Latin America News – Latin America emerge stronger from the crisis thanks to falling unemployment at the regional level and the consolidation of its middle class, confirmed the International Labour Organization (ILO).
“Latin America has fattened the size of the middle class and that provides opportunities for a much more independent (region), which is not so dependent on international trade, but domestic resources and economic growth itself,” said the director of the Institute of ILO Social Studies, Raymond Torres.
The expert presented today, with other analysts of the organization, the “World of Work Report 2013”, according to which the rate of employment in the region is 57.1%, one percentage point above the previous levels to the crisis.
According to Torres, one of the most significant developments that has happened in Latin American countries is that they “have managed to implement a strategy (economic) adapted to thier own reality” and “breaking with the tendency to import foreign models.”
This explains that the report highlights that this region is one of three, where he has found a decreased risk of social tension.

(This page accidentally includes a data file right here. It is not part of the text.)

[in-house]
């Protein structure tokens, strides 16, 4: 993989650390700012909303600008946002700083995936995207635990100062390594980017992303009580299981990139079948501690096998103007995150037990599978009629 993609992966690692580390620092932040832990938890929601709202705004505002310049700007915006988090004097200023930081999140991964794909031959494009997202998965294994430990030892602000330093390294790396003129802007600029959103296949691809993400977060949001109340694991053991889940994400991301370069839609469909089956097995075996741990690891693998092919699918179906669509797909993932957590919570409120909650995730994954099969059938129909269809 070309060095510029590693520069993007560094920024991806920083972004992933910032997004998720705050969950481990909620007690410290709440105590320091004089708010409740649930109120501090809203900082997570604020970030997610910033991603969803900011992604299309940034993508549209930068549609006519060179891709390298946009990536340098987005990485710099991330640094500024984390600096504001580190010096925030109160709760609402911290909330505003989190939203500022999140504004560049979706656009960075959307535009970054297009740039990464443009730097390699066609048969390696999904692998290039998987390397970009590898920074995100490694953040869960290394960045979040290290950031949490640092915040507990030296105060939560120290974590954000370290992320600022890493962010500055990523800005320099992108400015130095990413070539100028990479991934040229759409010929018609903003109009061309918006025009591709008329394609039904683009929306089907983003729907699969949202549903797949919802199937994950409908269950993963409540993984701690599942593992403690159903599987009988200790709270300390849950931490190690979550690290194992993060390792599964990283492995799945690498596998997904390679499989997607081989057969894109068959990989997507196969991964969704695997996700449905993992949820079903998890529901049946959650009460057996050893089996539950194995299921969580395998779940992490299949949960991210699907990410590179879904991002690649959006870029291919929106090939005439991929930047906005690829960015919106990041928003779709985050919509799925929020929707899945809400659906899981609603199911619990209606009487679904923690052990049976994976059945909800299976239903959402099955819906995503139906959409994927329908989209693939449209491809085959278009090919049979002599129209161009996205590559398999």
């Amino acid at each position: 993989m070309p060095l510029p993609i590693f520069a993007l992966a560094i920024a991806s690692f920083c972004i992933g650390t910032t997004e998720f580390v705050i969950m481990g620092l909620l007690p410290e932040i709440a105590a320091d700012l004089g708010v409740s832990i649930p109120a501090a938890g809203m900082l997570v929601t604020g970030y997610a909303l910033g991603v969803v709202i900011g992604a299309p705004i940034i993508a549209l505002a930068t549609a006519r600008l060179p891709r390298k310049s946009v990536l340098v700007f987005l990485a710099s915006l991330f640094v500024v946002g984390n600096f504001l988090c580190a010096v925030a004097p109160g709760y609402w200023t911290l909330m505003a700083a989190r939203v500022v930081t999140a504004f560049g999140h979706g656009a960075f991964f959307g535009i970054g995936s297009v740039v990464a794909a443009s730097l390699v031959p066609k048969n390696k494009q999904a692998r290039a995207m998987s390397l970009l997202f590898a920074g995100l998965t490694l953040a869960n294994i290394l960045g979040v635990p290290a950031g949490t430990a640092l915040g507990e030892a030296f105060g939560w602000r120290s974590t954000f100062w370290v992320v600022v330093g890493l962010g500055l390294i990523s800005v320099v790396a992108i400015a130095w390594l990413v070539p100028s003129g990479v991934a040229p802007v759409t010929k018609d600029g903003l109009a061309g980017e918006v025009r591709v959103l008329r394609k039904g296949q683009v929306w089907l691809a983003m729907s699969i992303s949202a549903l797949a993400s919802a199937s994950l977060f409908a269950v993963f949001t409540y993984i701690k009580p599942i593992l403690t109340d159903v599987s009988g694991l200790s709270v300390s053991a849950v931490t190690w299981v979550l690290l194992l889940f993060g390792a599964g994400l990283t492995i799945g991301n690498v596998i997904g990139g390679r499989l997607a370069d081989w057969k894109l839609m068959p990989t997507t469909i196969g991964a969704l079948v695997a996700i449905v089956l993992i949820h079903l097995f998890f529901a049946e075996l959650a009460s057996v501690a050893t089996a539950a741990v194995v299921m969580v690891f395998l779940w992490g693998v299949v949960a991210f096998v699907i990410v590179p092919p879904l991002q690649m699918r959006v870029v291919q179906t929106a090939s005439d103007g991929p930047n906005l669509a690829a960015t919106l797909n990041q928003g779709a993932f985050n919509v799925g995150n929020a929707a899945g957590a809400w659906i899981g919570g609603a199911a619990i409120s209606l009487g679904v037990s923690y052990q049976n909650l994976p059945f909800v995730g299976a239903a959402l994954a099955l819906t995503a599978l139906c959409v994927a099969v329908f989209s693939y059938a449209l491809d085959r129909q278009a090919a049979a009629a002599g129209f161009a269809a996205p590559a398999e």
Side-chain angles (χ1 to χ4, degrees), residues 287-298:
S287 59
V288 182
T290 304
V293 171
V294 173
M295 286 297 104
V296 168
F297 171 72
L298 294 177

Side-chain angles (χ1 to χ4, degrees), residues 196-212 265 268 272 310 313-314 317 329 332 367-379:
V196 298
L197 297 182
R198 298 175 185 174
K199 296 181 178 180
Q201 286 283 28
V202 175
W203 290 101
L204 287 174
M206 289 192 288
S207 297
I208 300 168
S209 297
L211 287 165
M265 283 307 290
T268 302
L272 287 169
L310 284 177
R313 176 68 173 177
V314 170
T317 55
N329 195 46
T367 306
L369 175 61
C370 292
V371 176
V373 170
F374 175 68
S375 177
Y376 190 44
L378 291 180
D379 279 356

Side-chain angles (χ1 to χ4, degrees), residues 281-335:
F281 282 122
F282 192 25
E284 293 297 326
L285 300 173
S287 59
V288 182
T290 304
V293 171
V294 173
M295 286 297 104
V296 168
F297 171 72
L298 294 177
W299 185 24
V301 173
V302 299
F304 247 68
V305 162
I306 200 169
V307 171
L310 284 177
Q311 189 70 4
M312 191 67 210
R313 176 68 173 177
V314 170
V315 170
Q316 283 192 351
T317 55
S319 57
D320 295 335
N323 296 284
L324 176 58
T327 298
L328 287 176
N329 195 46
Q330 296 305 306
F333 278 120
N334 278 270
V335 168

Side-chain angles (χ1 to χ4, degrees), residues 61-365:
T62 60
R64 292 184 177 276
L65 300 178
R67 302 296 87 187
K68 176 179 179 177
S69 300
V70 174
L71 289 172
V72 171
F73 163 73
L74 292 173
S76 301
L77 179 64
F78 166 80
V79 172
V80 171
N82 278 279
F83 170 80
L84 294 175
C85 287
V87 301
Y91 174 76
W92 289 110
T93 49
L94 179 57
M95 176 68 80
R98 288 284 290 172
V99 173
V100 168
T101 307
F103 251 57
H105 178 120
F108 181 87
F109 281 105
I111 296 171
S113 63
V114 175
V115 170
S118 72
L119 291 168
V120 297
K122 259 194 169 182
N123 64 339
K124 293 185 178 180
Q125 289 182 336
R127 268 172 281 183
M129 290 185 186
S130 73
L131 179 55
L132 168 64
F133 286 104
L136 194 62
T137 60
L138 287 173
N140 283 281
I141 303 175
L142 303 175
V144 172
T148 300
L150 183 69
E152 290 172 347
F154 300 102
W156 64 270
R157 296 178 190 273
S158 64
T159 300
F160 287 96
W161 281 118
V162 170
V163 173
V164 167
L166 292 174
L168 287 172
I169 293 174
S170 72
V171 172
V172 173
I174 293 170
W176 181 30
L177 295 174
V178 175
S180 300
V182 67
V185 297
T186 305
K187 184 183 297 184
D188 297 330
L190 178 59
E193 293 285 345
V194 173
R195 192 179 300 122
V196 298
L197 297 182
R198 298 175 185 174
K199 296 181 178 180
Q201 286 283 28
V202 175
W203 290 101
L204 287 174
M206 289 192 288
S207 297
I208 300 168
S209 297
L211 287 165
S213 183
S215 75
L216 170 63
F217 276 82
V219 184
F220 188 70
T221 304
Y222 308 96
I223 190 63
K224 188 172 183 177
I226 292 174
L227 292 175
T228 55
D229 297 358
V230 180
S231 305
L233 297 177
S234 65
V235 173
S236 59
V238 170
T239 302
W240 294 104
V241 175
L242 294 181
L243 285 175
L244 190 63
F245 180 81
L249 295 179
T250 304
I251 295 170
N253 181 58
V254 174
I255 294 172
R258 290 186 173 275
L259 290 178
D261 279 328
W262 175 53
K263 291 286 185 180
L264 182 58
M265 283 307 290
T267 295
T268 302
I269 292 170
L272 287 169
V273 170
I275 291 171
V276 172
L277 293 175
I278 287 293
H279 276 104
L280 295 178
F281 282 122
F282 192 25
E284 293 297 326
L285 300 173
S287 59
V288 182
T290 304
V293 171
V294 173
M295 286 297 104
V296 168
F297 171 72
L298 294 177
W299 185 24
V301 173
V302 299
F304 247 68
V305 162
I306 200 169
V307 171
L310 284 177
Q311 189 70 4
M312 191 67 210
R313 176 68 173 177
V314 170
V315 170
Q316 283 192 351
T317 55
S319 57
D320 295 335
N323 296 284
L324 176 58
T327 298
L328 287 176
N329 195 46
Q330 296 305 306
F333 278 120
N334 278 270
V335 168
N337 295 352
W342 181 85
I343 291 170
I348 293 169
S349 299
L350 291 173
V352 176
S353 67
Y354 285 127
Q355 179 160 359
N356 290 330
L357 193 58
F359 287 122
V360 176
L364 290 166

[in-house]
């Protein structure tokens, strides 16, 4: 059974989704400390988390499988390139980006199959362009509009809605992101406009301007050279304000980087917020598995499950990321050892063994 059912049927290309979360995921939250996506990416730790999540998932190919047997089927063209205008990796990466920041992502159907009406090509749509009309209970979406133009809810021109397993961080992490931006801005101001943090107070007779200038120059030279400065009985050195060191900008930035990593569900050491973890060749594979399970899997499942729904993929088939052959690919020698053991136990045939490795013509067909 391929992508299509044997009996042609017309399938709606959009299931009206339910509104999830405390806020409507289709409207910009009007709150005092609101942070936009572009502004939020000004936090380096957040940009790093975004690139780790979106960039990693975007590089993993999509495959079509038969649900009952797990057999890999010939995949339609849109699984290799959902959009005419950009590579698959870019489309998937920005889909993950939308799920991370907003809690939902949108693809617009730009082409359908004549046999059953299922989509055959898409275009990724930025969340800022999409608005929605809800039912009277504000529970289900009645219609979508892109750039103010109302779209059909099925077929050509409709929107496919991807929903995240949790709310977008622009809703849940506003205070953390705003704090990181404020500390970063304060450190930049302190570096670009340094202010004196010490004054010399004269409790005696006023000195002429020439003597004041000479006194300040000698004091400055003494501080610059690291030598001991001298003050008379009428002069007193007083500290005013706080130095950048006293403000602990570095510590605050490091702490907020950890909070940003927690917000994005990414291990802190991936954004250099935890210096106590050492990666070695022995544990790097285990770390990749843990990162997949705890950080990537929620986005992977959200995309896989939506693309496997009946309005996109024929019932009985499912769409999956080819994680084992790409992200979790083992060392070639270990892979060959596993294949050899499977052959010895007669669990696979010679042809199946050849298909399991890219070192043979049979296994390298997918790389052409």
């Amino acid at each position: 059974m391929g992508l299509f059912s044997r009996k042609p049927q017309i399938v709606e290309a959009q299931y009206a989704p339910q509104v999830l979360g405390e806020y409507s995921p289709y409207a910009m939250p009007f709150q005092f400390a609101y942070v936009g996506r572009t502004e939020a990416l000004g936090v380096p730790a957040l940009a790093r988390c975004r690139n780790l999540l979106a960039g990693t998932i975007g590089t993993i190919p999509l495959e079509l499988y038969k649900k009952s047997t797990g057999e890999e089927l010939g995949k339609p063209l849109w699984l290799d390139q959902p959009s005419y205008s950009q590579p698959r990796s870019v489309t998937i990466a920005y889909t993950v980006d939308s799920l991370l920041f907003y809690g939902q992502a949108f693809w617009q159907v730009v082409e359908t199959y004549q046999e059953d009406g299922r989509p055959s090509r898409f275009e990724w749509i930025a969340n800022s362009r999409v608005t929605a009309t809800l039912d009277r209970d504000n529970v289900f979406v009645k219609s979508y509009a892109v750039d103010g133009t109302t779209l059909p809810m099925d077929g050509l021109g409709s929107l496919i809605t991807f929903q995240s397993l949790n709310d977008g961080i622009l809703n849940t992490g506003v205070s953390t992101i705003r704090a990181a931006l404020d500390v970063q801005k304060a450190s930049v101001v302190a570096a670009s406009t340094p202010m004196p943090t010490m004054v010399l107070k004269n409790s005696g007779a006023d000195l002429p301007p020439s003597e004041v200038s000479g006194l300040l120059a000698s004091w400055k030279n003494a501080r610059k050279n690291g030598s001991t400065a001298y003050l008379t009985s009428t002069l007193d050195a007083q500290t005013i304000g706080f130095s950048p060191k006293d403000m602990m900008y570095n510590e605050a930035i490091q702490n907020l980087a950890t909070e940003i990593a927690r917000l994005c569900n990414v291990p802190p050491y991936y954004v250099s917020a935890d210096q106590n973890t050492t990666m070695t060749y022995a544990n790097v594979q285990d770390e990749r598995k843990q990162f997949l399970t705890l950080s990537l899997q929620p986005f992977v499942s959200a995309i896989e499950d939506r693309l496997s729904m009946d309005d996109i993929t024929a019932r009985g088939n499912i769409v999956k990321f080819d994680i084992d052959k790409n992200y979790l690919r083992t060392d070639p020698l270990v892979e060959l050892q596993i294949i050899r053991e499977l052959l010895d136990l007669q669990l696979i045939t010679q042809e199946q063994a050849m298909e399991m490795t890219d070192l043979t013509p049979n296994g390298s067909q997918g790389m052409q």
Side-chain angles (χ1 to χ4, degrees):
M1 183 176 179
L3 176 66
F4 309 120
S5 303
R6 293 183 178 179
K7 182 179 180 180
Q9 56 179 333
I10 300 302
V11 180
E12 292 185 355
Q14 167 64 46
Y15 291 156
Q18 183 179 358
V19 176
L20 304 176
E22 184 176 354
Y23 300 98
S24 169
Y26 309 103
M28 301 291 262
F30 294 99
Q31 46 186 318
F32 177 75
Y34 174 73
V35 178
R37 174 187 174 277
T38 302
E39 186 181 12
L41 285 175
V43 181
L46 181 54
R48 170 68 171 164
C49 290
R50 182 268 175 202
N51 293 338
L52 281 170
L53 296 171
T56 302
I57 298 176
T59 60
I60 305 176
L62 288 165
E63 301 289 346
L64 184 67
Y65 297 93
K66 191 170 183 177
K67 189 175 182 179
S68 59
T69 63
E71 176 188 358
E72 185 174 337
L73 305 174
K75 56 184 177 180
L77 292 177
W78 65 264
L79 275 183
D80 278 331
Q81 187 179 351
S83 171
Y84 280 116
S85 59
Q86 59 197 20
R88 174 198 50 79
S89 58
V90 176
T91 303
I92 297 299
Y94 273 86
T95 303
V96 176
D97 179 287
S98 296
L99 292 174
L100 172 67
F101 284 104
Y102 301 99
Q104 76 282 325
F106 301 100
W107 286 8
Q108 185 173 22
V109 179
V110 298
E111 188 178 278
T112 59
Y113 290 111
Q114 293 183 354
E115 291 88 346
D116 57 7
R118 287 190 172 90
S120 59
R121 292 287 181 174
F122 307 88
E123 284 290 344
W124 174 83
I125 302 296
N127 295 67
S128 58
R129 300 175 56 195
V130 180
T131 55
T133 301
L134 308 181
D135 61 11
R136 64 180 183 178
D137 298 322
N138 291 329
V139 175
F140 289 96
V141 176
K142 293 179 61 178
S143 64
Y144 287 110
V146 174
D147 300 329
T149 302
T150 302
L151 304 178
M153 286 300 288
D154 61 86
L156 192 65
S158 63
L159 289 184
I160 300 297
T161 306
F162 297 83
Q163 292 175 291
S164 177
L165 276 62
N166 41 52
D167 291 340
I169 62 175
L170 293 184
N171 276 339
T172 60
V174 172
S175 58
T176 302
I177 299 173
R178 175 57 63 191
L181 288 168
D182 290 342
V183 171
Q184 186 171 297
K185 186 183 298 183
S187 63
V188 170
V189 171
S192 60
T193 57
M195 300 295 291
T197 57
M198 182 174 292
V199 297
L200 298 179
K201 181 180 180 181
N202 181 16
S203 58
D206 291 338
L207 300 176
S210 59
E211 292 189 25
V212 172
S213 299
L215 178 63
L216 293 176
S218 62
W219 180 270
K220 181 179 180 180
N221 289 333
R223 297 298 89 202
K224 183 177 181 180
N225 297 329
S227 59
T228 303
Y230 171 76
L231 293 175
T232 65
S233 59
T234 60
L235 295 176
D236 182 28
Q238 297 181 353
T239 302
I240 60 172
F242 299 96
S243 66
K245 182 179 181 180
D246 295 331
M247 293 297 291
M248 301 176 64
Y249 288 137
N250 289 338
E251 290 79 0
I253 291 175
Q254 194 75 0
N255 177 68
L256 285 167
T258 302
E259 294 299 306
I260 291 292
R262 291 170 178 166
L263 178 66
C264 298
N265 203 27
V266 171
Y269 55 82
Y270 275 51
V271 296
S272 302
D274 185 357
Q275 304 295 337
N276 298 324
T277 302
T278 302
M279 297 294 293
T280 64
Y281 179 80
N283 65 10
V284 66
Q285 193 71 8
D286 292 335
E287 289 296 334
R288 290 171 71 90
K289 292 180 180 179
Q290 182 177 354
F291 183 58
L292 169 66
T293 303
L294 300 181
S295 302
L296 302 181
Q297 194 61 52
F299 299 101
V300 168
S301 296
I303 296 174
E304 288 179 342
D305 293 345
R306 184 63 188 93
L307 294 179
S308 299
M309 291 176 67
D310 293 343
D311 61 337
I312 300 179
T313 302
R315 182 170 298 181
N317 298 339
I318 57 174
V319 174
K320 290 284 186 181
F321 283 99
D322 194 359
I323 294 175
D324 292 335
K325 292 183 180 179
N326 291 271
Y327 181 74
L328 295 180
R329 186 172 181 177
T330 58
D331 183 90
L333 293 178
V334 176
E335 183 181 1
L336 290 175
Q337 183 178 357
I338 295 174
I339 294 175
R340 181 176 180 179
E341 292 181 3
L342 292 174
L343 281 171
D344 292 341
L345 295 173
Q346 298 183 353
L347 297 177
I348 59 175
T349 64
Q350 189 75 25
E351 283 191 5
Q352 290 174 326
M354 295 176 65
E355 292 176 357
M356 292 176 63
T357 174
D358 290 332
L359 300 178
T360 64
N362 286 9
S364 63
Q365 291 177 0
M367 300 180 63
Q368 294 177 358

The regional unemployment rate is set according to the latest data, about 7%, although in the case of young people almost doubles.
In this regard, the analyst said that “youth unemployment is one of the biggest challenges facing Latin America today, as more and more young people entering higher education and many do not get jobs suited to their situation.”
Moreover, Torres stressed that Latin America has made serious efforts in favor of “inclusive growth”, which recognized that it is particularly difficult in countries where economic expansion is based on natural resource extraction.
This kind of economic growth that are difficult to generate revenue to redistribute in society, said the expert, who said that Brazil is one such case.
The ILO report also emphasizes that Latin America is an encouraging decline in income inequality, with increased wages reached 4% last year in Brazil and Paraguay, and 1% in Mexico and Colombia.
Torres mentioned the cases of Argentina, Uruguay and Peru as the most symbolic in the effort to reduce the income gap.
In contrast, in El Salvador, Costa Rica, Chile and Honduras has seen “a slight increase” in these inequalities.
On Brazil, commented that “there is a small, but encouraging, reduced income inequality,” a goal that is “extremely difficult to achieve.”
A key factor for this has been the extension of social protection in certain countries, through programs of subsidies to the population as “Bolsa Familia” in Brazil or “Heads of Household” in Argentina.
In summary, Latina America, has and will continue to be a leading emerging market in the global economy. Based on a report by EFE
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